In 2011, voters in New Jersey approved a state constitutional amendment authorizing just that, and the following year, the state legislature formally authorized sports betting. Shortly thereafter, the major sports leagues and the NCAA challenged the legislation in court, arguing it was barred by PASPA. New Jersey countered that PASPA itself was unconstitutional because the Tenth Amendment prohibits the federal government from “order[ing] the State to regulate in accordance with federal standards” — a principle known as the anti-commandeering doctrine.
After further judicial and legislative maneuverings, the case found its way to the Supreme Court, where Justice Alito, writing for the majority, explained that the anti-commandeering doctrine derives fundamentally from the Framers’ “decision to withhold from Congress the power to issue orders directly to the States.” This “structural protection of liberty” helps “promote political accountability” and “prevents Congress from shifting the costs of regulation to the States.”
And in the case of PASPA, the high court held that by purporting to tell legislatures not what they must affirmatively do but what they must not do, Congress overstepped its bounds and violated the doctrine.
Thus, New Jersey and the 49 other states found themselves suddenly liberated to enable sports betting within their borders. Anticipating the ruling, several states, including New York, West Virginia, Connecticut, Mississippi, and Pennsylvania, did exactly that. Another 15 states have taken steps in this direction.
But the Supremes’ Murphy decision nevertheless left sports fans and others alike wondering whether sports will benefit or suffer from the ruling.
Predictably, libertarians celebrated, and with good reason. Americans are already betting enormous sums of money on sports, they reckoned, so why not legalize it outright and at least capture some tax revenue?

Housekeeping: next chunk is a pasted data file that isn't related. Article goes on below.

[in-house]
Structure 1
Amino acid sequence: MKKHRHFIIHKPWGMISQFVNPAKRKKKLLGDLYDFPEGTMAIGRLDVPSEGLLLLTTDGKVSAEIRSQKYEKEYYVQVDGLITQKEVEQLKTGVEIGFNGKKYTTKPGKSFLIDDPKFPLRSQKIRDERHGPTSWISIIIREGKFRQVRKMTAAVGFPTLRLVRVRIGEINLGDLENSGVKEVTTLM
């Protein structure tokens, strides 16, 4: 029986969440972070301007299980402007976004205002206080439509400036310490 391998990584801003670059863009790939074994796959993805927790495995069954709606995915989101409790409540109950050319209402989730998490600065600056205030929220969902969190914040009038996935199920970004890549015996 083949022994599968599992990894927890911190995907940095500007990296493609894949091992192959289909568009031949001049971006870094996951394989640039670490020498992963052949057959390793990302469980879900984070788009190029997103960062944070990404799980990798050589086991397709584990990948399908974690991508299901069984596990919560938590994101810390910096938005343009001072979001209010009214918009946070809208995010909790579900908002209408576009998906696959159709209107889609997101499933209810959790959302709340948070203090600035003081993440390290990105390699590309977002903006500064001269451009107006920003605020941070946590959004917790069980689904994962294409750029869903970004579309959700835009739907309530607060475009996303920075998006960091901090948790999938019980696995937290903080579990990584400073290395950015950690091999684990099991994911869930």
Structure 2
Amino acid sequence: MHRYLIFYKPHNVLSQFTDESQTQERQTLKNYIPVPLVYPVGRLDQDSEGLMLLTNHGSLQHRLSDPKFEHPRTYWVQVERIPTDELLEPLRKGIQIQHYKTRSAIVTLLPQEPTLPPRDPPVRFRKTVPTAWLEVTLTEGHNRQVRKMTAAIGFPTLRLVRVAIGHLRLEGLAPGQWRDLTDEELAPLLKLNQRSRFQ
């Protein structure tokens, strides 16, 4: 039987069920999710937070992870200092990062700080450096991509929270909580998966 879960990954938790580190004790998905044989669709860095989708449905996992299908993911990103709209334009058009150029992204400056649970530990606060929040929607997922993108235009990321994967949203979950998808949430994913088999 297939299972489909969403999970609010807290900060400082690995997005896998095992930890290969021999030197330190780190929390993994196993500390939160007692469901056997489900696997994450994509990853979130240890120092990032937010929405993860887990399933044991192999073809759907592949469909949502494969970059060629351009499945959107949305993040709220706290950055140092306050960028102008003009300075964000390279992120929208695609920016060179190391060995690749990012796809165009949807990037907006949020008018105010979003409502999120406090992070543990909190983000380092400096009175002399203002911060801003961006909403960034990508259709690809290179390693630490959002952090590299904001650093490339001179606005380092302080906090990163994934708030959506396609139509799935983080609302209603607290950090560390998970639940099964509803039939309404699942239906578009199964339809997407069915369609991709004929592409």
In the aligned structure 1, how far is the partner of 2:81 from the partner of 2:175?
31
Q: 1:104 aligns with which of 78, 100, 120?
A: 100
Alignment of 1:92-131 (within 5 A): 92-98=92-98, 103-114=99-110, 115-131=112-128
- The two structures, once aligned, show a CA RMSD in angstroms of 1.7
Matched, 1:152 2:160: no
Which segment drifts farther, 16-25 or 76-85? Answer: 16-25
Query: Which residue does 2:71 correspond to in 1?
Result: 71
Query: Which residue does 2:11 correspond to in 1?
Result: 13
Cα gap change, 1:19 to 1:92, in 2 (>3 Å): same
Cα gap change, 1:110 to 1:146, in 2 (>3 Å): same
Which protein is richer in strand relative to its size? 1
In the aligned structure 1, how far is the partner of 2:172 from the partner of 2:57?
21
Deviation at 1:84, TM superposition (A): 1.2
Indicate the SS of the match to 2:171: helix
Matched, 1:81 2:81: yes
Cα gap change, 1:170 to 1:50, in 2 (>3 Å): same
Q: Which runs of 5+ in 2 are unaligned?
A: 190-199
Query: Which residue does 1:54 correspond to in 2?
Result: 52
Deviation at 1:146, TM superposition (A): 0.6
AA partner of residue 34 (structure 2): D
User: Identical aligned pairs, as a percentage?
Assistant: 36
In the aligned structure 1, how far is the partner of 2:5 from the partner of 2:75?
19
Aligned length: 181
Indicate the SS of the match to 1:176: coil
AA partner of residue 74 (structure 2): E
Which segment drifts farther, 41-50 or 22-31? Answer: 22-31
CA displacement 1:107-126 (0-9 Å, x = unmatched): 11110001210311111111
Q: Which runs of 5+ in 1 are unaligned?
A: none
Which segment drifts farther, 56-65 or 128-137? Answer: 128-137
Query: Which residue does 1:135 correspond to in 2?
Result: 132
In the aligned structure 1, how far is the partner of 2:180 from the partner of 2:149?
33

According to statistics cited by the Competitive Enterprise Institute, while Americans legally wagered nearly $5 billion in 2017, they bet $123 billion per year on sports, almost all illegally. At the same time, the overwhelming majority of states conduct lotteries and permit some form of casino gambling, generally on Indian reservations.
But doesn’t widespread, legalized sports gambling run the risk of interfering with the integrity of games? Worse, wouldn’t the prospect of, say, in-seat touchscreens in sports arenas, on which spectators could place bets on all aspects of the game they’re watching, ruin the stadium experience?
The four major sports leagues, which had joined the NCAA in the original suit against New Jersey, wasted little time in calling for uniform national standards, with the National Basketball Association emphasizing that “the integrity of our game remains our highest priority” and the National Football League reportedly “focusing on getting paid for selling rights to its own data and video footage — intellectual property that legal betting operators will want to pay for in order to help them set lines and prop bets.”
What also remains uncertain is whether sports wagering will benefit local and state coffers.
Interestingly, misery and ecstasy have blended on the Strip: Las Vegas sports bookmakers stand to lose big as the city’s juggernaut National Hockey League expansion team, the Golden Knights, has overcome tremendous odds to reach the Stanley Cup Finals.
In addition, a 2016 report from the State University of New York’s Rockefeller Institute found that “state authorizations and promotions of gambling offer little long-run relief to state revenue problems” because while “new gambling activities may generate short-run increases in public revenues . . . these increases are getting smaller and their duration shorter, perhaps as more and more states compete for a limited pool of gambling dollars.”
Thus, many questions remain as we enter the brave new world of sports gambling. Jules Verne wasn’t joking around.
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Former Connecticut Gov. John Rowland (R) “is a free man again after serving his second prison sentence,” the Connecticut Post reports.
“Rowland, who turned 61 the day before his release, was convicted in 2014 of election fraud and obstruction of justice for hiding his political consulting roles in two campaigns. He began serving a 30-month sentence in fall 2016, at a minimum security prison camp in Pennsylvania.”
“It was his second stay in federal prison. Rowland’s 2004 federal corruption conviction also led to his incarceration, and to the state’s landmark public campaign financing program.”
But he pointed to the school’s cohort default rate, a measure of the percent of students who are graduating, finding jobs and paying off their debt, which has remained stable for more than a decade. That is a “good indicator of the value of the degree we …
A jury ruled a Connecticut man not guilty on all three counts of first-degree sexual assault after the defendant showed his penis in court to demonstrate that it did not fit the description of the woman who said he raped her, The Washington Post reported on Sunday. Defense…